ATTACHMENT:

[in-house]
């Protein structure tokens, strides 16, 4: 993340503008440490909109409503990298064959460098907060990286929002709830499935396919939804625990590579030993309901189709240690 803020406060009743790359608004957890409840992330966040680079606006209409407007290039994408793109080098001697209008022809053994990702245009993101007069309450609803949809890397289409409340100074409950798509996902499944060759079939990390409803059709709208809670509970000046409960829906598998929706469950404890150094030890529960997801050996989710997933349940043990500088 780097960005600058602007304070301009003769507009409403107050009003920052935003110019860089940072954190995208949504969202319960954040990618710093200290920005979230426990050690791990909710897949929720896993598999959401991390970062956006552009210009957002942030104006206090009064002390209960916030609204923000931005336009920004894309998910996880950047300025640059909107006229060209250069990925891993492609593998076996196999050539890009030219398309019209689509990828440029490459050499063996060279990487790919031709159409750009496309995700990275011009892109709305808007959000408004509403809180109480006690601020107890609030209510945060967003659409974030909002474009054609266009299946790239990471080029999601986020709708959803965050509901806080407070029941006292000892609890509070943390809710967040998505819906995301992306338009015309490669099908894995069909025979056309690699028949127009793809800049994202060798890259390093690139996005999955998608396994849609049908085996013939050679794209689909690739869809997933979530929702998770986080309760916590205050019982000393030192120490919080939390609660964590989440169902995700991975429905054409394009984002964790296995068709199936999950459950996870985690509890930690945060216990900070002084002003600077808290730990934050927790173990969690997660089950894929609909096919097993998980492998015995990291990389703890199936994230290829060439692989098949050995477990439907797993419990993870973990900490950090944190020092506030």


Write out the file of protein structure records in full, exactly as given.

[in-house]
């Protein structure tokens, strides 16, 4: 993340503008440490909109409503990298064959460098907060990286929002709830499935396919939804625990590579030993309901189709240690 803020406060009743790359608004957890409840992330966040680079606006209409407007290039994408793109080098001697209008022809053994990702245009993101007069309450609803949809890397289409409340100074409950798509996902499944060759079939990390409803059709709208809670509970000046409960829906598998929706469950404890150094030890529960997801050996989710997933349940043990500088 780097960005600058602007304070301009003769507009409403107050009003920052935003110019860089940072954190995208949504969202319960954040990618710093200290920005979230426990050690791990909710897949929720896993598999959401991390970062956006552009210009957002942030104006206090009064002390209960916030609204923000931005336009920004894309998910996880950047300025640059909107006229060209250069990925891993492609593998076996196999050539890009030219398309019209689509990828440029490459050499063996060279990487790919031709159409750009496309995700990275011009892109709305808007959000408004509403809180109480006690601020107890609030209510945060967003659409974030909002474009054609266009299946790239990471080029999601986020709708959803965050509901806080407070029941006292000892609890509070943390809710967040998505819906995301992306338009015309490669099908894995069909025979056309690699028949127009793809800049994202060798890259390093690139996005999955998608396994849609049908085996013939050679794209689909690739869809997933979530929702998770986080309760916590205050019982000393030192120490919080939390609660964590989440169902995700991975429905054409394009984002964790296995068709199936999950459950996870985690509890930690945060216990900070002084002003600077808290730990934050927790173990969690997660089950894929609909096919097993998980492998015995990291990389703890199936994230290829060439692989098949050995477990439907797993419990993870973990900490950090944190020092506030």